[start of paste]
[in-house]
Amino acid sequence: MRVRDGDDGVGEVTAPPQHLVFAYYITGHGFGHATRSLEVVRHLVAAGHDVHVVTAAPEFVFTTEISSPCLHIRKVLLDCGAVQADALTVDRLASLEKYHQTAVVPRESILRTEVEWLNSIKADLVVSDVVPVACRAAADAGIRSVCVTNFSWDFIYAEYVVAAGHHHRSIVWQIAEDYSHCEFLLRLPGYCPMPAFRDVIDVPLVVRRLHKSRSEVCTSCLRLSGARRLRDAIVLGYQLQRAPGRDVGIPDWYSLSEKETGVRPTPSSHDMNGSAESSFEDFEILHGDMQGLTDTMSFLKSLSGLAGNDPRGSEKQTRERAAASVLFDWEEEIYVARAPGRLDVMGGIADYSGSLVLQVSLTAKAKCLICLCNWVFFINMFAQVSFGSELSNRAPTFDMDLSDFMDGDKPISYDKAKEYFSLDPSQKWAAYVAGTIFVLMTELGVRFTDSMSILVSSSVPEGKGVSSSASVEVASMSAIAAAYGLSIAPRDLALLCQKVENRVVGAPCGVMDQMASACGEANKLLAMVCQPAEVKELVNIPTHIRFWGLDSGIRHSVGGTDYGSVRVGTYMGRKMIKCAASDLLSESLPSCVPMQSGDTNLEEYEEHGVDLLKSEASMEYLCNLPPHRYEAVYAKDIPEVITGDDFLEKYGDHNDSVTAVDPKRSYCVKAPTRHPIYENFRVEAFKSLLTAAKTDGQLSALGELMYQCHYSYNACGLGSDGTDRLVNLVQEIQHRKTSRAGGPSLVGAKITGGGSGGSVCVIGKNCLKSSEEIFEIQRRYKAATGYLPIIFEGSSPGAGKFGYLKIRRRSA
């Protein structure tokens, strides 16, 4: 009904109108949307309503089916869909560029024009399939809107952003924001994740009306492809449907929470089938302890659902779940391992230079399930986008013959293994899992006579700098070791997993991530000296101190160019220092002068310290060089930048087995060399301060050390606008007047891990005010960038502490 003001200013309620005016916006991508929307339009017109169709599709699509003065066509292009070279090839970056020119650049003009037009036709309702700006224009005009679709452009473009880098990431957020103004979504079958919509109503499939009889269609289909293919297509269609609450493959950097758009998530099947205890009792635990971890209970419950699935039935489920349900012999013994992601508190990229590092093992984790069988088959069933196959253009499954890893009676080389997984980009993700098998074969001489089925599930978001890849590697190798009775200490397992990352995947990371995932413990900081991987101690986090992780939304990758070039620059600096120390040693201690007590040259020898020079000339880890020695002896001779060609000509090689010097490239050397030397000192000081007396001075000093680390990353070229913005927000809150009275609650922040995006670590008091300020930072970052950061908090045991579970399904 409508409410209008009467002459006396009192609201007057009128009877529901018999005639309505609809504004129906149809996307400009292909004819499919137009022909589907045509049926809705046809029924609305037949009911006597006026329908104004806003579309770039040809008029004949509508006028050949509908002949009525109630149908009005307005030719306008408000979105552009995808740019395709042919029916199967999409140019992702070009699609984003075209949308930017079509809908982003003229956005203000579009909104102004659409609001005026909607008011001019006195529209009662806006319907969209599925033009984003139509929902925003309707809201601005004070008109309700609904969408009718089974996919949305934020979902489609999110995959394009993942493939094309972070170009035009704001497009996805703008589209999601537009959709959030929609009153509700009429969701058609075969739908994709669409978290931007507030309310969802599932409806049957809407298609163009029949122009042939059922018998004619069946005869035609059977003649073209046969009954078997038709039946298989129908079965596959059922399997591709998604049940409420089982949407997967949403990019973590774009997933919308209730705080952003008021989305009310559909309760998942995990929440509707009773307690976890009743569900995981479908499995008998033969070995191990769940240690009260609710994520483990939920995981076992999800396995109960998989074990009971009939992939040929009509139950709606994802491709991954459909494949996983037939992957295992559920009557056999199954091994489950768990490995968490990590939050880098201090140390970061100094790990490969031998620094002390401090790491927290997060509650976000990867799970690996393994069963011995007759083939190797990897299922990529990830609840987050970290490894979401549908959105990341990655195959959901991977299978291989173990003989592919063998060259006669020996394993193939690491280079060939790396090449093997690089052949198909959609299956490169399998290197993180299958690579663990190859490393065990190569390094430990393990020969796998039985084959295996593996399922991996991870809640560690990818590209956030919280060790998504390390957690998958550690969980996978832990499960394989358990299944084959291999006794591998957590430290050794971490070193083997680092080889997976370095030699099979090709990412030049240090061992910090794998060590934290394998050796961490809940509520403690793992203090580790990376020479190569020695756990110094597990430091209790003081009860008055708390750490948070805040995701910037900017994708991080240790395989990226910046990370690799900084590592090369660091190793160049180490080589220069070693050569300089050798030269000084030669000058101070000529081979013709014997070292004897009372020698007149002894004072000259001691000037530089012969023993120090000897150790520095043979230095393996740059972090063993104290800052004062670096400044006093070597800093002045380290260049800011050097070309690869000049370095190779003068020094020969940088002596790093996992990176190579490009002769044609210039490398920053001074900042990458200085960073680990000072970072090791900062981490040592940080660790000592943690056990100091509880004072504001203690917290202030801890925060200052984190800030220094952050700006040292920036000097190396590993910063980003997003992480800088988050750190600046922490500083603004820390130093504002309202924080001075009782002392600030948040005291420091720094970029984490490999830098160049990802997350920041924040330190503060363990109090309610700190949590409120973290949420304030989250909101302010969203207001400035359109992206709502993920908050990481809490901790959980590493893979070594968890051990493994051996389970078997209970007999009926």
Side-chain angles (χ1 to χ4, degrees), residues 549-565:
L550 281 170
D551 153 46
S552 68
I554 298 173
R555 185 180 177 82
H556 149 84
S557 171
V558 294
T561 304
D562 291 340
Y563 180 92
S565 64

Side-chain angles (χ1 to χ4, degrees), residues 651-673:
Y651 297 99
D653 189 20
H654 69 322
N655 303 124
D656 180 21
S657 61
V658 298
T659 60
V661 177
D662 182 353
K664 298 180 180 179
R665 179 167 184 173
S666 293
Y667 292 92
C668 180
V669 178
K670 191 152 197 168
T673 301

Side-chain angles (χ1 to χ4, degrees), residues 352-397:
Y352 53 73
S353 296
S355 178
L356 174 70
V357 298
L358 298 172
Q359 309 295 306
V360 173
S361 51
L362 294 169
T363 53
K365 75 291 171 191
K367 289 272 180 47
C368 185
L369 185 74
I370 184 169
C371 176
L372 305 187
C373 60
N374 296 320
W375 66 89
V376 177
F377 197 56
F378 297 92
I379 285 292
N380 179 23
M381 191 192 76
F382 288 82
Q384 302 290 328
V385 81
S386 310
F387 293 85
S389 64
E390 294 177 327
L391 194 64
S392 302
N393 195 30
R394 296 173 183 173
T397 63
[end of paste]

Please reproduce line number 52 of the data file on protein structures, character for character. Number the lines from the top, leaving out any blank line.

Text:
I370 184 169